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The Code is Cracked!

This period, between 1961 and 1962, is often referred to as the “coding race” because of the competition between Ochoa's and Nirenberg's labs. Indeed, the two laboratories completed the base composition part of the code almost simultaneously. However, Ochoa’s laboratory stopped working on the problem when they realized how close Nirenberg and his colleagues were to completing the sequencing.

Several scientific instruments proved necessary in the long years from 1961-1965 while dozens of people toiled in Nirenberg's lab. The French press and the multi-plater were only two examples of instruments that helped save time and solve problems. In the years when the laboratory was devoted to sequencing the bases in each codon, these instruments were of vital importance to getting the work done. The innovation of scientists and laboratory technicians who worked with Nirenberg helped a great deal.

By 1965, Nirenberg, with help from his NIH colleagues, had become the first to complete the sequencing of the code. The language of DNA was understood. Once completely solved, the genetic code could be expressed in a chart. By looking up the sequence of nucleotide bases, readers could identify the resulting amino acid. To read the code, select a letter from the left, right, and top columns, such as U-C-A. This combination represents an mRNA codon. Draw imaginary horizontal and vertical lines to connect the letters. They intersect at the amino acid for which they code. For example, UCA is the code for serine.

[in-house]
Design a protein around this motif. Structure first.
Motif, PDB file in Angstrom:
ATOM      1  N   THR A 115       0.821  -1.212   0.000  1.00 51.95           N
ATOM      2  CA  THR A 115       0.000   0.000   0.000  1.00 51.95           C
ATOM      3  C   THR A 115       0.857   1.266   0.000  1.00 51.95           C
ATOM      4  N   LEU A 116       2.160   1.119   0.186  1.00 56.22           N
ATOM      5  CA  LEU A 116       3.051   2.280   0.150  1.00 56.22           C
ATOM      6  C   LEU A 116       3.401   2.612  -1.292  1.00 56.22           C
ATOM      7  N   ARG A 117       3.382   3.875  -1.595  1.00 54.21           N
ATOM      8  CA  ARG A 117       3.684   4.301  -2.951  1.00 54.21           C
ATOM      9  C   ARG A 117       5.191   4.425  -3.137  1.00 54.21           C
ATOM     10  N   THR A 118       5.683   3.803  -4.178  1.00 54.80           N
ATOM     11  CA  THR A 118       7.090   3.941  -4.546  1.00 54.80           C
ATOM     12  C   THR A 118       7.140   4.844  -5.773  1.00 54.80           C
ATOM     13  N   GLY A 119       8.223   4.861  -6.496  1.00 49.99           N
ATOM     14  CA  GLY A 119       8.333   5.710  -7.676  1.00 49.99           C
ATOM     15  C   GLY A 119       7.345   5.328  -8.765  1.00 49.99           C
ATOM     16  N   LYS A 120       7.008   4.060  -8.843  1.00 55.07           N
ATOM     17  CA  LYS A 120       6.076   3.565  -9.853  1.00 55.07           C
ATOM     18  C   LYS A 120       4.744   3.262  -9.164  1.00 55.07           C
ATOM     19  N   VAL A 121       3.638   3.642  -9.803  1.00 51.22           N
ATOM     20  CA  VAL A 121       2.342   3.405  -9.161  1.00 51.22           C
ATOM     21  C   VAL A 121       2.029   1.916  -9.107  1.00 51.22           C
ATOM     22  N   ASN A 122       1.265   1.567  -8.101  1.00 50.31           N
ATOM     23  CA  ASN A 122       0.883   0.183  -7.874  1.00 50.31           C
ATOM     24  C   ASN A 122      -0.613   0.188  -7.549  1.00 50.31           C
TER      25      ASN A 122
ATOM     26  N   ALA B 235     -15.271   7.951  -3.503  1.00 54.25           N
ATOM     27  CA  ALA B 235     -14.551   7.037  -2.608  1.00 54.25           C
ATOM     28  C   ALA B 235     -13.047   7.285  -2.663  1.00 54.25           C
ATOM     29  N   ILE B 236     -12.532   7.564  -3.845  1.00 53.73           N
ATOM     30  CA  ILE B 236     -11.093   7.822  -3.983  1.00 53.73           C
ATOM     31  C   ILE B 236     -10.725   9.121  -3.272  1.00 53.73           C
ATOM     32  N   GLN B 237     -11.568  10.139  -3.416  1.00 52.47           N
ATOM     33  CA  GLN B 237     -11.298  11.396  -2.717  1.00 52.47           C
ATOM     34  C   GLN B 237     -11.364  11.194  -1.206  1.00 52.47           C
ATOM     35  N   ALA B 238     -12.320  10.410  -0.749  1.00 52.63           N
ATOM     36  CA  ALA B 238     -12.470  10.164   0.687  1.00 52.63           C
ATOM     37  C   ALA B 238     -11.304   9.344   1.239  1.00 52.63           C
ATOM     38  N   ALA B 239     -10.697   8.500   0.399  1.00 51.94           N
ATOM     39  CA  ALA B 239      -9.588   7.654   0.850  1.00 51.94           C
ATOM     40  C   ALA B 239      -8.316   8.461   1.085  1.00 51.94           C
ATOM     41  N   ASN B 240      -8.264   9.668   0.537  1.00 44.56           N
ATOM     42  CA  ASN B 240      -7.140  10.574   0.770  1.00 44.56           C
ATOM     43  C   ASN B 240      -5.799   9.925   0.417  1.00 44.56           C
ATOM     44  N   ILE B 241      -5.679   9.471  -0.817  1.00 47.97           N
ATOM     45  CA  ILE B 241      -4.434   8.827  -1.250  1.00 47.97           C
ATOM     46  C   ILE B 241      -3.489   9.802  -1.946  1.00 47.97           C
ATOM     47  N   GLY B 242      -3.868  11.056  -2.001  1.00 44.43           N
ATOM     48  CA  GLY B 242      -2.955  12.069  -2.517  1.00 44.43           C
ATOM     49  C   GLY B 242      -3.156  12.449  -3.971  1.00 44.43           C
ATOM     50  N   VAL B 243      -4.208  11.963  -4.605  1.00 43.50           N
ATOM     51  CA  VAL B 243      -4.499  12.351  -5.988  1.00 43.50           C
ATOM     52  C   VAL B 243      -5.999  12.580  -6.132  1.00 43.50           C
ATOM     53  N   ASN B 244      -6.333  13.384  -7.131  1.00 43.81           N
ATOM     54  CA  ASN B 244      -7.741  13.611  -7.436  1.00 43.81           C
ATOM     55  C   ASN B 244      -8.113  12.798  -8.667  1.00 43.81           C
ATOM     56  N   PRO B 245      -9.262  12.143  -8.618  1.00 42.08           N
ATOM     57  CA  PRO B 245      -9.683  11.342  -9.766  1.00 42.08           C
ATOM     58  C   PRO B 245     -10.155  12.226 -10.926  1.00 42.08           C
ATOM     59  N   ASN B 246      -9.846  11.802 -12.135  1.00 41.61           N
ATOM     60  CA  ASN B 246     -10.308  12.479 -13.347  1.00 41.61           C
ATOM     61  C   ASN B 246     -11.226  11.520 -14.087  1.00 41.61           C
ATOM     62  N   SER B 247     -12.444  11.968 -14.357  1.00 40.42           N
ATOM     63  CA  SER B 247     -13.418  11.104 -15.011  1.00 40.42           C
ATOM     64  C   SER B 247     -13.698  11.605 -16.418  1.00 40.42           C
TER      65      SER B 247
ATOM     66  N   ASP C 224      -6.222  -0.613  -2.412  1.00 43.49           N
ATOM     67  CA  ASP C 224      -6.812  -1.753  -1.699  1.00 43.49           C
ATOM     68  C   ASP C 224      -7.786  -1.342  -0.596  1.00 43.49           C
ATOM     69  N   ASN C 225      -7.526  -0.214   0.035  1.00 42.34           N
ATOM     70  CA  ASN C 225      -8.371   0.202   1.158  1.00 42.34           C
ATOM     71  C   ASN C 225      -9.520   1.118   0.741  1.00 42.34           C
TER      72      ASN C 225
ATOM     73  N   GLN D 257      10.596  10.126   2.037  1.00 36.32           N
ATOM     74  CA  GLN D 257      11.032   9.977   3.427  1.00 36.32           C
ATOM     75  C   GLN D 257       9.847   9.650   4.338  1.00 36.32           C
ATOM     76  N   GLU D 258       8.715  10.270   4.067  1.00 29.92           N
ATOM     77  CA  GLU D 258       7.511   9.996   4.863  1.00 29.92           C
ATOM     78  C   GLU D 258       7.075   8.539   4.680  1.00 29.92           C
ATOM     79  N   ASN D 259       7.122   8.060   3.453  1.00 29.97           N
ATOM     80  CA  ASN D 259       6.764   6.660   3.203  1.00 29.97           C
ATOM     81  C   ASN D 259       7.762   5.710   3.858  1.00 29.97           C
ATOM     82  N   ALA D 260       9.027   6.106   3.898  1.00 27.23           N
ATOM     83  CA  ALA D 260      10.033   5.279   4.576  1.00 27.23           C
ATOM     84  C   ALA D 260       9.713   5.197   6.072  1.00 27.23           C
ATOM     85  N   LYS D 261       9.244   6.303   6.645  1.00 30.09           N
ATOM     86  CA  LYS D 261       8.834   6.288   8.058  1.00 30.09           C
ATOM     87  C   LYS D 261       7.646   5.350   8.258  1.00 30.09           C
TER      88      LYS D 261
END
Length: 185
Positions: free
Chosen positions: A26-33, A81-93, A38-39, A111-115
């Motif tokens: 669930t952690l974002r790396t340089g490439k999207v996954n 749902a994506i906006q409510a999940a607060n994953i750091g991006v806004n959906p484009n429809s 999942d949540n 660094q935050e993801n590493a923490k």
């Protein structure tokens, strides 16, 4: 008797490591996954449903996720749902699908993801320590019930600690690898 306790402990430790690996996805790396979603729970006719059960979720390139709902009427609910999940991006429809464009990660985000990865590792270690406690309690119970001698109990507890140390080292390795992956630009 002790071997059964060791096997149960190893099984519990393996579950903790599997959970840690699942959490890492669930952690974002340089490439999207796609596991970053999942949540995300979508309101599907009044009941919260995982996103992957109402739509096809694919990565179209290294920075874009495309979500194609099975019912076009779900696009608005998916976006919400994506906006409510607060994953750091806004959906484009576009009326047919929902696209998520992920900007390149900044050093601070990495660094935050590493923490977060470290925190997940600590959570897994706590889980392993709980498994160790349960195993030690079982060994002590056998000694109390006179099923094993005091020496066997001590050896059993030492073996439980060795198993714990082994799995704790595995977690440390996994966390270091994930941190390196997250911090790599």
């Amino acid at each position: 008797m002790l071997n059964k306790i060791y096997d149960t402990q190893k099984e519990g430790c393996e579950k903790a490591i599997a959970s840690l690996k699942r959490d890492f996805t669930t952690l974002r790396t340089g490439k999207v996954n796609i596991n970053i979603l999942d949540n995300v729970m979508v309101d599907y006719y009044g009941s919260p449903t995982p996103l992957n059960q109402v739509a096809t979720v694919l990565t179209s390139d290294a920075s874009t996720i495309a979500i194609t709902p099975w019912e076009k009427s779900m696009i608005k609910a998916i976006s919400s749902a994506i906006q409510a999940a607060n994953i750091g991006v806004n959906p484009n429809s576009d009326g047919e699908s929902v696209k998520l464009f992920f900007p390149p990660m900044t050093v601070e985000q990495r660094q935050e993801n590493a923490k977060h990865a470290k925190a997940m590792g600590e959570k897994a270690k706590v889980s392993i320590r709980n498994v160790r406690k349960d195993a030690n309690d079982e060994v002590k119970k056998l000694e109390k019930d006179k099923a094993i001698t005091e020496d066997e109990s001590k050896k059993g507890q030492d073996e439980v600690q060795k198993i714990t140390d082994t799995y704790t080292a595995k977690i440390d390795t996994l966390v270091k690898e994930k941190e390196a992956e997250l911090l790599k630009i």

The genetic code has seven main characteristics:

  1. It is made up of codons, which are triplets of bases. Each codon specifies a specific amino acid.
  2. The codons do not overlap; that is, the sequence GCCCAC contains two triplets, “GCC” and “CAC” not counting the “CCC” and other subsequent three-letter sequences.
  3. The code includes punctuation in the form of three “stop” codons that do not code for an amino acid: UAA, UAG, and UGA.
  4. The genetic code is known as a “degenerate” code. This means that each amino acid is triggered by between one and six codons. (There are only 20 amino acids and 64 possible codon triplets).
  5. To read each gene and glean the necessary information to form proteins, cells begin at a fixed and particular starting point on the mRNA strand. The initiation codon is AUG (methionine).
  6. The mRNA strand is read from the 5' to the 3' end.
  7. If there are mutations or errors in the DNA, the message may be changed and incorrect protein formation results.

French press.
French press

Photograph of Multi-plater
Multi-plater

Chart of code.
The completed chart of the genetic code